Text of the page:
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Thursday morning shone bright and warm in Santiago, Chile. Showering off the remaining jet lag from both our interrupted flight here and whirlwind tour of the city in the 24 hours we had there, we hitched on our backpacks, rolled out the suitcase and headed for the bus station toward our next destination, Mendoza, Argentina.

It would be a spectacular daytime ride over the Andes Mountains, many a traveler before us had written about the route.

Our bus was at the depot, and we left on time to slowly make our way up the steep Chilean side of the Andes toward the border with Argentina. Some 3 hours and tens of Ess curves later, we arrived at the border crossing, joining a queue of cars, trucks and buses. It would be a long wait, we learned, so we hopped off the bus and spent our final Chilean pesos on sandwiches and fruit juices.

It was a long wait. As in three hours. But the bus finally made it to the checkpoint and we all de-bused to pass through the joint Chilean/Argentine kiosk that examined, processed and stamped our paperwork ($160/person “reciprocity fee” by Argentina for Americanos entering that country). The line moved quickly, and before very long the passengers had cleared customs. All that was left was for the bus to unload our baggage for x-ray inspection before we’d again be on our way–a few hours behind schedule, but not too late.

Things quickly unraveled from that point, when the Customs inspectors removed two or three large black trash bags from the belly of the bus. Unpacking those bags before the assembled passengers, the Customs agents found dozens of small boxes, lining them up along several tables. When they cut open the boxes, each contained items like dozens of eyeglass frames. None of these apparently had been declared for tax purposes, it seemed. The agents methodically opened, counted and carted off the goods. I don’t know that anyone claimed ownership, despite a couple of forlorn faces I saw in the crowd.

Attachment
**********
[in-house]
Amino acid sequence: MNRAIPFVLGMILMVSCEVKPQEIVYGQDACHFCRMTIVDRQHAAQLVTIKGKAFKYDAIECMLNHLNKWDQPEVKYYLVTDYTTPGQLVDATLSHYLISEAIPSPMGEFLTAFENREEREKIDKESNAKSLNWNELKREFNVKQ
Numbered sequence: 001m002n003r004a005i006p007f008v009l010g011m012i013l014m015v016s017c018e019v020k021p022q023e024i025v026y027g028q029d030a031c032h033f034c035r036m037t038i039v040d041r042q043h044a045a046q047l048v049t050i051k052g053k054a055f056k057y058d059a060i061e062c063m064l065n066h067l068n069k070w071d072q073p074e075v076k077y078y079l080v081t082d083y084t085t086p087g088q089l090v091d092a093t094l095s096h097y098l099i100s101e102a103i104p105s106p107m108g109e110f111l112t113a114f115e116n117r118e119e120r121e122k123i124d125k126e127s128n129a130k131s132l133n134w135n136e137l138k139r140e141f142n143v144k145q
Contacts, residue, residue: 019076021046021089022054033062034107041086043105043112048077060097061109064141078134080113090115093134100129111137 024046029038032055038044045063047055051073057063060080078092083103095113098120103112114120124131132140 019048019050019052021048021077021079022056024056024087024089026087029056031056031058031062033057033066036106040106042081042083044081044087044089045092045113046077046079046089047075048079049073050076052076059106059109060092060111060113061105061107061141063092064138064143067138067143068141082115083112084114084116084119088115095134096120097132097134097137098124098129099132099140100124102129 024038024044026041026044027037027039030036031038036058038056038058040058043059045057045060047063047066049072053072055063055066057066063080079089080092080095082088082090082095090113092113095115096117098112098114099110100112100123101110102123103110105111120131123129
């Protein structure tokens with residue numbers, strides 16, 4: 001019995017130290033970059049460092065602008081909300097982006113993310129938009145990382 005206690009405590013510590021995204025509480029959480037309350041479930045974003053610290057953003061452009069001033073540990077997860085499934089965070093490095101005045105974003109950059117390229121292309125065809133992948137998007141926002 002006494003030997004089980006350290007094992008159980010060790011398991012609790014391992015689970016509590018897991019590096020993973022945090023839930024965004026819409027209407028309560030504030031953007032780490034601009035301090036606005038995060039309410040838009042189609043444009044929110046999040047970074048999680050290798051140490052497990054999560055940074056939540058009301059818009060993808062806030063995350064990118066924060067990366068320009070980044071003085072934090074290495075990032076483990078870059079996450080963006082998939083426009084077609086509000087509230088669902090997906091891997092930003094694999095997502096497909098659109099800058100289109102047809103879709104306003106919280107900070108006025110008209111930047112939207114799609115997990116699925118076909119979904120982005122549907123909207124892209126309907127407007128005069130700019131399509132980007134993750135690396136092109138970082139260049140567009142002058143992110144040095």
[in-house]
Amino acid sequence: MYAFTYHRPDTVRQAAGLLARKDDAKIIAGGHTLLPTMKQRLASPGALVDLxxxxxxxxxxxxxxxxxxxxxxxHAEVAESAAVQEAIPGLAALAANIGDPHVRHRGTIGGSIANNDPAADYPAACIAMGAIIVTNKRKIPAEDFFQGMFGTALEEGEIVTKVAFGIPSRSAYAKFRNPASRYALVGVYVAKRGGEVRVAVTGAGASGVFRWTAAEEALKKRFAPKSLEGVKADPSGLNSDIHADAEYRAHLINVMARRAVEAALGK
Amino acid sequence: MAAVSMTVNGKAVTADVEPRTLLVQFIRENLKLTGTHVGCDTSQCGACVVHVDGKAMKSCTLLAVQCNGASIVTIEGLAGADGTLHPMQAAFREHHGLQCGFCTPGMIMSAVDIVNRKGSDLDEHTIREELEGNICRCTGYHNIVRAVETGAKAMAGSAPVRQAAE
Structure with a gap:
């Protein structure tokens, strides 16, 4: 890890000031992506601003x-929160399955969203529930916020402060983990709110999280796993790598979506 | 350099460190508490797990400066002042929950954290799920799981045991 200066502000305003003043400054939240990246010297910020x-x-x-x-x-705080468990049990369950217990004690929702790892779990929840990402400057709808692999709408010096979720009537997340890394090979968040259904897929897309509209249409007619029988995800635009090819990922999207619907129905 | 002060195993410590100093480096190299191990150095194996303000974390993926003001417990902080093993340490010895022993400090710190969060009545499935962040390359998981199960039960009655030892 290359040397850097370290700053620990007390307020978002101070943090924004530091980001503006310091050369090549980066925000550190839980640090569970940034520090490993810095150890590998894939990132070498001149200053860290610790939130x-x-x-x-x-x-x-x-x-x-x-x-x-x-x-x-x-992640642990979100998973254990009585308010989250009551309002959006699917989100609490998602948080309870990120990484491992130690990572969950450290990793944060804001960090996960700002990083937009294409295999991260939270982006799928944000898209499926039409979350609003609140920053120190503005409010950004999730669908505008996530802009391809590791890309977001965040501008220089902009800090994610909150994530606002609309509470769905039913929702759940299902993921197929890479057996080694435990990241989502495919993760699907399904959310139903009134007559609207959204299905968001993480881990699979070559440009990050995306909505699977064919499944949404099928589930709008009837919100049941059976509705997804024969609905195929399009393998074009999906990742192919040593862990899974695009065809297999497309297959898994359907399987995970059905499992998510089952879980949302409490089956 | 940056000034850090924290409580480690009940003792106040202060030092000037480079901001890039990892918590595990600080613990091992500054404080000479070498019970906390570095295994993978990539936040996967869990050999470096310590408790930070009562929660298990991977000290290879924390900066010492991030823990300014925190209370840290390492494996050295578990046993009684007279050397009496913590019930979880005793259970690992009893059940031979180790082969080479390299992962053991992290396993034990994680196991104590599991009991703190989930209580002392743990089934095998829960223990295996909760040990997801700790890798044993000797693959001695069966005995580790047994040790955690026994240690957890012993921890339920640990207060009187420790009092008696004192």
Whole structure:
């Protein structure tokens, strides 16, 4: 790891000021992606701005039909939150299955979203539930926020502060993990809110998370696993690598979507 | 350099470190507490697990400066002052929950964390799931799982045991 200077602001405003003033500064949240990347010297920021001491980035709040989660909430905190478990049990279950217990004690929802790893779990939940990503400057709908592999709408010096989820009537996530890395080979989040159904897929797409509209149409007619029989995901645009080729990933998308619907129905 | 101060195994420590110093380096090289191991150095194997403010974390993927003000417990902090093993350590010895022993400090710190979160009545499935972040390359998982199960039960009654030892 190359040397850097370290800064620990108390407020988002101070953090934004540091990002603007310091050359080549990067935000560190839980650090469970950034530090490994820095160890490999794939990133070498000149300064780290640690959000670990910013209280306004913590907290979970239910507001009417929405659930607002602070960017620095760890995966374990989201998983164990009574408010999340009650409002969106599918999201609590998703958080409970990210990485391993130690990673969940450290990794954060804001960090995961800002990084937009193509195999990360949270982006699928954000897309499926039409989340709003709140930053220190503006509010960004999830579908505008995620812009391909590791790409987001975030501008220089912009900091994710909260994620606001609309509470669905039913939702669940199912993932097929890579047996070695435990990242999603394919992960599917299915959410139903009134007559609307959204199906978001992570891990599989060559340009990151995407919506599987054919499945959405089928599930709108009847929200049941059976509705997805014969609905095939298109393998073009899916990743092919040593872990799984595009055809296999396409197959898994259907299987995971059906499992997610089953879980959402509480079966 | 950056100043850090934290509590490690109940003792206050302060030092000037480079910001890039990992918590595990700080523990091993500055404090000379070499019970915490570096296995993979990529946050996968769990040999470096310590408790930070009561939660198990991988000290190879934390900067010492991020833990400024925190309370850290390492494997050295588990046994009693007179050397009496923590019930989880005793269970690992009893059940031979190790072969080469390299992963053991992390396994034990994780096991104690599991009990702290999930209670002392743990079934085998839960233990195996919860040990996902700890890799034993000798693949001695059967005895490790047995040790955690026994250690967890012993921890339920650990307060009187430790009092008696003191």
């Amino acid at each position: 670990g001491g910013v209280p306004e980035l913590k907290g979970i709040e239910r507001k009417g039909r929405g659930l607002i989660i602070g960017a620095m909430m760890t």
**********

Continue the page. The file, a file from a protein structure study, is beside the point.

This process took another two hours to complete, but we eventually were again on our way, down the Argentine side of the border and through a truly spectacular landscape of multiple shades of green, pink and gray, and textures on the mountainside as varied as the colors. And all of this under a bright blue sky!

We were feeling weary but, hey, we were on our way and would undoubtedly be sipping some of the region’s wonderful Malbec wine before long.

Then, a white Customs car, flashing its overhead lights, pulled in front of the bus and moved us off the road. The bus followed the car into a large and barren expanse, where long-haul freight trailers were lining up for inspection. This was an industrial Customs inspection site, with large, blue airplane hanger-like buildings that trucks drove through so that their cargoes could be inspected by sophisticated scanning instruments.

It seems as though our bus was now under suspicion of carrying contraband somewhere in its innards. As one of the inspectors said, it was the first time she had ever seen this happen. She won’t be able to say that ever again.

The passengers were ordered off the bus and onto a big concrete loading dock. Our luggage was again unloaded from the bus and piled on the dock. The bus drove off, eventually to be swallowed by the hut containing the scanner.

We all milled about with a mixture of anxiety, fatigue and gallows humor at the thought of the bus being impounded on the spot.

No such thing happened, I am happy to report. The bus eventually emerged from the inspection, and returned to our loading dock. The passengers pitched in to reload the baggage (Customs did not provide assistance). We then reboarded the bus and, about 45 minutes after being pulled off the road, were back on it.

A near miss of a dog running alongside the road aside, the rest of the journey, by now mostly in the dark, was uneventful, and we arrived at the Mendoza bus terminal only about five-and-a-half hours behind our scheduled arrival.

My wife and I hopped into a cab for a hair-raising drive to our hosts’ apartment, where we were able to share the details of our adventurous trip. And as we finally settled in for the night, turning on the air conditioner (yes, it is that warm) and turning off the light, I couldn’t help but wonder about what contraband might have slipped through that Customs net.

After all, while our stowed baggage had been checked and the bus meticulously scanned, no one had even bothered to look into all the backpacks and hand luggage that just about every passenger was carrying. They had remained with us all the time, unexamined by either electronic or human eyes.

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